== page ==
Types of TVs


In the beginning, television technology was more or less set and while variations existed, they all followed the same basic pattern. That slowly changed with the advent of new technological breakthroughs allowing for larger, clearer and sharper pictures. Today, there are numerous types of TVs available, each with their own advantages and disadvantages. When purchasing a television, it helps to know the difference between them.


  • CRT stands for "cathode ray tube," and formed the go-to television type for many years. A stream of electrons fire at a large screen coated with phosphor, creating a flickering image which appears to move. CRT TVs aren't widely available any more, but those that can be found are extremely cheap and durable, making them excellent choices for people on a budget.

Rear Projection TVs

  • Rear projection TVs were created to overcome the size problems of CRT. They worked by magnifying the image and reflecting it back onto the TV screen. The technology allowed for high-definition pictures and screen sizes of 72 inches and higher. Unfortunately, they were also extremely heavy and could be very expensive to boot. With the advent of LCD and plasma screen TVs, rear projection has likely gone the way of the dodo.

Front Projection TVs

  • Front projection TVs resemble old-fashioned projectors used in movie theaters. Indeed, most people don't even think of them as TVs, since they bear little resemblance to the other types. They're hung from the ceiling or placed on a table top, then beam the images onto a white screen in front of them. Most of them offer high-definition pictures which can be adjusted to fit your particular space. They rarely come with speakers, however, which must be purchased at additional expense. They also require darkness to function well, making them less practical for watching TV in the daytime.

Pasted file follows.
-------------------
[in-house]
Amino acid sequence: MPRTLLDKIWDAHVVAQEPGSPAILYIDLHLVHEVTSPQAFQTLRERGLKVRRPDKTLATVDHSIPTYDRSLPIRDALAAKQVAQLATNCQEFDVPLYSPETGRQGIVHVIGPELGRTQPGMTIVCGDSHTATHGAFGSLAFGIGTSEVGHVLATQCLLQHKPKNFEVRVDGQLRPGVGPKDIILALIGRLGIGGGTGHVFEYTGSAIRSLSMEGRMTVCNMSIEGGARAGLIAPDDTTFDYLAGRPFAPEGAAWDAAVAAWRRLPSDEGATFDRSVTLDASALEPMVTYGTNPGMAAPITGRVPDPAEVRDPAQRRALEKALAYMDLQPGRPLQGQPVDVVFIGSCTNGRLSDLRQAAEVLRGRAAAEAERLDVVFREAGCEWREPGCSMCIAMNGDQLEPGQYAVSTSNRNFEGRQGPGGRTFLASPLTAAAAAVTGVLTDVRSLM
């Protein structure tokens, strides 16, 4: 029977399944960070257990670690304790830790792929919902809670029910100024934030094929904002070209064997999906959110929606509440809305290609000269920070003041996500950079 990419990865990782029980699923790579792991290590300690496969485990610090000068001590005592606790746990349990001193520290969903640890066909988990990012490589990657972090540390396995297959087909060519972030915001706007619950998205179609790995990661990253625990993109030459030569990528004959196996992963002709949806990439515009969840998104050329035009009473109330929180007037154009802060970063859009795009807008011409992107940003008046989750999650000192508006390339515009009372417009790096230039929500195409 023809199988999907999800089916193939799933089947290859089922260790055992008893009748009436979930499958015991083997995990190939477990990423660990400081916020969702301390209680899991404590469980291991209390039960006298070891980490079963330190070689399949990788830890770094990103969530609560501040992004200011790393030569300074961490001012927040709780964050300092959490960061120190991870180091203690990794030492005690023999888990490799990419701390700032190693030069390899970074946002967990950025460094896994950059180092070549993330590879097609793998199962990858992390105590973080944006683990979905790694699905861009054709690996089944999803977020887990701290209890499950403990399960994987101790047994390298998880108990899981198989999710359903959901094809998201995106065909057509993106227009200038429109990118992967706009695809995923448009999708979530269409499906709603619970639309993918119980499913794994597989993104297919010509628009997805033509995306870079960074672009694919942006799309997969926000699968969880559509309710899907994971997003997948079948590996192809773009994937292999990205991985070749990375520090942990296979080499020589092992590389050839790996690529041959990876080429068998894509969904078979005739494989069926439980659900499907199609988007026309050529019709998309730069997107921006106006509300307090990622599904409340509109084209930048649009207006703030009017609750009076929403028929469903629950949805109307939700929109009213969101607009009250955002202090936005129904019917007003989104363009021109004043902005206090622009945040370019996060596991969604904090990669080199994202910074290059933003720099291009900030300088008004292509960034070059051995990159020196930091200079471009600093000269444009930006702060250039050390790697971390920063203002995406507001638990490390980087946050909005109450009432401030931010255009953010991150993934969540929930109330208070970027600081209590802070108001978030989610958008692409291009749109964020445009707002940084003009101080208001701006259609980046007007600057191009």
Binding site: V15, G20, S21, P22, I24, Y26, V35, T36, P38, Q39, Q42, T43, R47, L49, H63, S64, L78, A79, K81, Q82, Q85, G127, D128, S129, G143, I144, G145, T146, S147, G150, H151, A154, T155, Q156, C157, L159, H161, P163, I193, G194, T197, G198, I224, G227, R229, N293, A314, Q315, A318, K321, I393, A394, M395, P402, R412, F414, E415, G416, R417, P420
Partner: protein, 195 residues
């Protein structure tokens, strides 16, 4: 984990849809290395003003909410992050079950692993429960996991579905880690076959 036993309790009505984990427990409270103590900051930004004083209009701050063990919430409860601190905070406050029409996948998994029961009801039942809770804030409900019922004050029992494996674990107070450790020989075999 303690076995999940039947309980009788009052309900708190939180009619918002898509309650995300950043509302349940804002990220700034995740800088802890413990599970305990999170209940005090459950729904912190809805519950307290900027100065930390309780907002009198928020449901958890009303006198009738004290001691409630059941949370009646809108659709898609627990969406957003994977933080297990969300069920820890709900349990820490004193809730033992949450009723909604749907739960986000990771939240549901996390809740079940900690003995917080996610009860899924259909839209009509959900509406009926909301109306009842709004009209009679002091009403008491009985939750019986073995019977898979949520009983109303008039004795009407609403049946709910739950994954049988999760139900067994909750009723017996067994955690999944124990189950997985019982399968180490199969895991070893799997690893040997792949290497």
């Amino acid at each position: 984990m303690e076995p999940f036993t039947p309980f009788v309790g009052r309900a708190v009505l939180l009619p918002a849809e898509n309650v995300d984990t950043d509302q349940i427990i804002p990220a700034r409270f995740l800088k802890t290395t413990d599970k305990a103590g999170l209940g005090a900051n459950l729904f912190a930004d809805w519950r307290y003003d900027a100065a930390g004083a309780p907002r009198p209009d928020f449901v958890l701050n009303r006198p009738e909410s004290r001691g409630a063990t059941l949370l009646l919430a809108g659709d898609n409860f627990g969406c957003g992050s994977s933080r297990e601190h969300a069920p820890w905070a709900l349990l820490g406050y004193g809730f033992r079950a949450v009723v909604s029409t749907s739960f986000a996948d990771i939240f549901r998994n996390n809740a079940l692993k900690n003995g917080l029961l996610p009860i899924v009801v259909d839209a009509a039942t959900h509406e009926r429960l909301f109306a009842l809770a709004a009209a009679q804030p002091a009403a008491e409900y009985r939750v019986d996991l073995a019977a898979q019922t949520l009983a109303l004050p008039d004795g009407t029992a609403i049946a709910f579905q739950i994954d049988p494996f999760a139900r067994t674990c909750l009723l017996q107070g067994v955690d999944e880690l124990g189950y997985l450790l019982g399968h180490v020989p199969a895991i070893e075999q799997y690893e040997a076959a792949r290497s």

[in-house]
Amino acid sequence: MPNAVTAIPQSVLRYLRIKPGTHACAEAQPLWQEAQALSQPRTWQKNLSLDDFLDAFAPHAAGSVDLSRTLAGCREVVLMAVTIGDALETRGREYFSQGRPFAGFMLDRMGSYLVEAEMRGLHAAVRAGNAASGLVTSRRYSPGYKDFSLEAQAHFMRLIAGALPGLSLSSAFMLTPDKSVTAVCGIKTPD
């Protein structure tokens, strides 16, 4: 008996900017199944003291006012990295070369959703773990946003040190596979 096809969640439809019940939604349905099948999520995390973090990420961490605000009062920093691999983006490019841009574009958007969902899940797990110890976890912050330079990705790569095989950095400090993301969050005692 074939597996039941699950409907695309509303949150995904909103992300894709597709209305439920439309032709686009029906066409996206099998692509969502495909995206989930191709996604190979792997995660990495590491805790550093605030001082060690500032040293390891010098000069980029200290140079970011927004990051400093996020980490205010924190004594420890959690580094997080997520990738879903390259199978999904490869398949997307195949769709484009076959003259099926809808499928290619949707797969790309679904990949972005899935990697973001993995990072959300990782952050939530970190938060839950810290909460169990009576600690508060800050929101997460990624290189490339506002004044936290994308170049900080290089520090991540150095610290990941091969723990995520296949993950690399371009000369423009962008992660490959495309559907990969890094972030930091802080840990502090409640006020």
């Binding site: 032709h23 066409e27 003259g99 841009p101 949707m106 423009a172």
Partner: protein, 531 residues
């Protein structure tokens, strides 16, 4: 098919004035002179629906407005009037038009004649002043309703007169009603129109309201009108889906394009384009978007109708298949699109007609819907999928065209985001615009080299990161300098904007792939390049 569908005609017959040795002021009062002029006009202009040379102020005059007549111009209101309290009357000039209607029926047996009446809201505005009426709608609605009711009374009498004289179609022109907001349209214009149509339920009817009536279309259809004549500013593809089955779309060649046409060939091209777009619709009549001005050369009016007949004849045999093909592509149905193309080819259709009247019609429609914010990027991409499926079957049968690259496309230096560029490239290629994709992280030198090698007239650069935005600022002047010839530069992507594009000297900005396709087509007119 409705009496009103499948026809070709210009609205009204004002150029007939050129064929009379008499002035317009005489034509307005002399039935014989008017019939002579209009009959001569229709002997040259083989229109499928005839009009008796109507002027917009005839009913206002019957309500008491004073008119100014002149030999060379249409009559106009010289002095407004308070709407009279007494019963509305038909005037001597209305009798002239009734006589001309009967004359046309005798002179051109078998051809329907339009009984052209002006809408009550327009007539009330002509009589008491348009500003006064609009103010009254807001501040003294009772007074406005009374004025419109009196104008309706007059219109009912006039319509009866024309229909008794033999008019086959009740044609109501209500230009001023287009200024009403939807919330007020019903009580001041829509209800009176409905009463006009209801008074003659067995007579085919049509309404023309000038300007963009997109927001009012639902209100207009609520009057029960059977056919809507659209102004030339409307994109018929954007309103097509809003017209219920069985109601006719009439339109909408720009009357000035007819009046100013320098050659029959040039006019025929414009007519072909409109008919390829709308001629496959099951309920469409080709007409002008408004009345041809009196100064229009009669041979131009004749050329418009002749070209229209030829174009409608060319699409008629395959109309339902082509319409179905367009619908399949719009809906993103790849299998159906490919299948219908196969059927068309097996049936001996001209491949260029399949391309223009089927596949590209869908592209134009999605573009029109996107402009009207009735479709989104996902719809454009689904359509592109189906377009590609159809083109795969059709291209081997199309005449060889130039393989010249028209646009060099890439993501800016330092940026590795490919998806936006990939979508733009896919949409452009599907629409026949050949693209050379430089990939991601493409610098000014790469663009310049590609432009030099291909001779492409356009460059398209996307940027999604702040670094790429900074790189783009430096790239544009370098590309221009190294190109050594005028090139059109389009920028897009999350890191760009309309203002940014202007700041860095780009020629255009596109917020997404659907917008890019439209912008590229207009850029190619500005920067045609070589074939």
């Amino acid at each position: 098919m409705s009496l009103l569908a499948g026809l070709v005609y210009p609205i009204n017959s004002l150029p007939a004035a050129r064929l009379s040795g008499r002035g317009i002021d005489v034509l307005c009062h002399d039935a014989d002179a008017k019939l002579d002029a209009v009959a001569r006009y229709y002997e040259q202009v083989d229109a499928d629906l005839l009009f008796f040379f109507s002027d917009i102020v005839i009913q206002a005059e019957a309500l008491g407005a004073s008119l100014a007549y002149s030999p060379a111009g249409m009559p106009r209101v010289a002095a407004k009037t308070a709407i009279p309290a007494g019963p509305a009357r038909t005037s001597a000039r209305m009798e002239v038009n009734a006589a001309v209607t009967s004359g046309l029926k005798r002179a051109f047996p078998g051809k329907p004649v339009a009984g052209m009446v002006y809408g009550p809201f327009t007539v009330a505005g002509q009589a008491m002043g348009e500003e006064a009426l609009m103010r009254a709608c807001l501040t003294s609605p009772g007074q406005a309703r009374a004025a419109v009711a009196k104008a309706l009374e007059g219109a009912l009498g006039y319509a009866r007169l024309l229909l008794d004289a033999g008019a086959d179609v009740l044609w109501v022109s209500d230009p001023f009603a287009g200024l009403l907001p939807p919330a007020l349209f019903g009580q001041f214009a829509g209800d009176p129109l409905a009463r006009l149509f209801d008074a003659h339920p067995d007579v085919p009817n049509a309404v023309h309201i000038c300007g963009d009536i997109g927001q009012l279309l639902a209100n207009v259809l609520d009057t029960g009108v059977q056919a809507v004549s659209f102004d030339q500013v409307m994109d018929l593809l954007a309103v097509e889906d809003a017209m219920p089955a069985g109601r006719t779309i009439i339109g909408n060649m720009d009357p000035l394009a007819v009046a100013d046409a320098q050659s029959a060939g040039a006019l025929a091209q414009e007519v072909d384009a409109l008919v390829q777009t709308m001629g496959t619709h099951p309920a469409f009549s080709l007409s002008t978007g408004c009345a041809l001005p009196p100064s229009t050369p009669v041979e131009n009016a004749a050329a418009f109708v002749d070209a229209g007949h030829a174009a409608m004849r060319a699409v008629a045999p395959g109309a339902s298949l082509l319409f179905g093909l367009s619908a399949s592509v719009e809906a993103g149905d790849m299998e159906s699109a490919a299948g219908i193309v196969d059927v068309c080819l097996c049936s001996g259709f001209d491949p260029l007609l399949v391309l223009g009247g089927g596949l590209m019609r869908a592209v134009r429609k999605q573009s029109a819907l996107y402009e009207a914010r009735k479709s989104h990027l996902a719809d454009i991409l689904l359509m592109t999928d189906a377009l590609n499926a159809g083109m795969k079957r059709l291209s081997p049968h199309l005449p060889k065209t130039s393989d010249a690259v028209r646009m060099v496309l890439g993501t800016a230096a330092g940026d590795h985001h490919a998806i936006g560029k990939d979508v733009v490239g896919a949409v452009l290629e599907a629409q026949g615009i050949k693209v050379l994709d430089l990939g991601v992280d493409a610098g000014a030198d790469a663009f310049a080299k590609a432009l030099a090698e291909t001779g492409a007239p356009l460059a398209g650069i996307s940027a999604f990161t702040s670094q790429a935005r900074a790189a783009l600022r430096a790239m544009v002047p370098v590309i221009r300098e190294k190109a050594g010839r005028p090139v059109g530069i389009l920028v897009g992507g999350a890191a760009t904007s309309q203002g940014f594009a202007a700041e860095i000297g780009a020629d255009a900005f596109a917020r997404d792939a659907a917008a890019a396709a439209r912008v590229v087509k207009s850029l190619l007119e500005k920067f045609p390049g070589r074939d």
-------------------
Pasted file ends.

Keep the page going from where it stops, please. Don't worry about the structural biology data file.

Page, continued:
Plasma Screen TVs

  • Plasma screens consist of tiny cells filled with xenon or neon gas trapped in plasma. Each cell is individually charged with electricity, then filtered to match a particular color. When added together (there are thousands of cells on each screen), they constitute an image. Plasma screen TVs offer the sharpest and richest image available, along with a wide viewing range enabling anyone in the room to look at them comfortable. They're also flat, which means they don't take up as much space as earlier television models. Their only downside is comparative expense and the fact that the screen itself is rather heavy.


  • Along with plasma screens, LCD TVs constitute the bulk of televisions currently sold. They utilize a screen full of liquid crystal, lit from behind by a lamp and filtering the light to create the image. Like plasma screen TVs, they offer an extremely sharp picture. They're much lighter than plasma screen TVs and come in comparable sizes as well. On the downside, they tend to be more expensive than plasma screens. Viewing angles become more of a problem as well, and fast-moving images (such as those during sporting events) can be blurry on an LCD TV.


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